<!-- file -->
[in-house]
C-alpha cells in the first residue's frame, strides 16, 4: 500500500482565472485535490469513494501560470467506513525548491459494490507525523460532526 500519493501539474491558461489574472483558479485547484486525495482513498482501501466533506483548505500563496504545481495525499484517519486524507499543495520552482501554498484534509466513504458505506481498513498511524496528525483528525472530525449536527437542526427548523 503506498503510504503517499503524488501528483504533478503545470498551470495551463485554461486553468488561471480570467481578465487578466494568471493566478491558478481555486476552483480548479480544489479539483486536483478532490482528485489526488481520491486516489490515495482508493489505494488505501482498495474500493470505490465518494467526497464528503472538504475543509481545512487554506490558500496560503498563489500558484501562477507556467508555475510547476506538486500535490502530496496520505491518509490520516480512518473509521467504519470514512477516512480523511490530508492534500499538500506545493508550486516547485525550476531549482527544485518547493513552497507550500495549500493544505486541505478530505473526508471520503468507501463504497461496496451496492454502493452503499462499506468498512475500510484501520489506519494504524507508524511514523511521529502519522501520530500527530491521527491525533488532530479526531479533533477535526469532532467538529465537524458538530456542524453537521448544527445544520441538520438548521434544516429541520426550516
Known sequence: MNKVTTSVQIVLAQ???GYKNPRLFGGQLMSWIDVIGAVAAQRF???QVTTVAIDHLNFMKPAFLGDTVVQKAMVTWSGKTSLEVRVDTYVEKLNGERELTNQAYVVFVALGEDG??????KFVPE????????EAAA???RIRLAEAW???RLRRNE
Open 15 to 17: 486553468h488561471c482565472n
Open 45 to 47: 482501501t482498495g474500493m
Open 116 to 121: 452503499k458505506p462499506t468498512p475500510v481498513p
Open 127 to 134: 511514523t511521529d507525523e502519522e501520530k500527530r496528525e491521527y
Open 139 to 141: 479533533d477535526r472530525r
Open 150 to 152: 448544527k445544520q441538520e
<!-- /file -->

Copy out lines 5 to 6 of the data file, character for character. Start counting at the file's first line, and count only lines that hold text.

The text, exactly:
Open 45 to 47: 482501501t482498495g474500493m
Open 116 to 121: 452503499k458505506p462499506t468498512p475500510v481498513p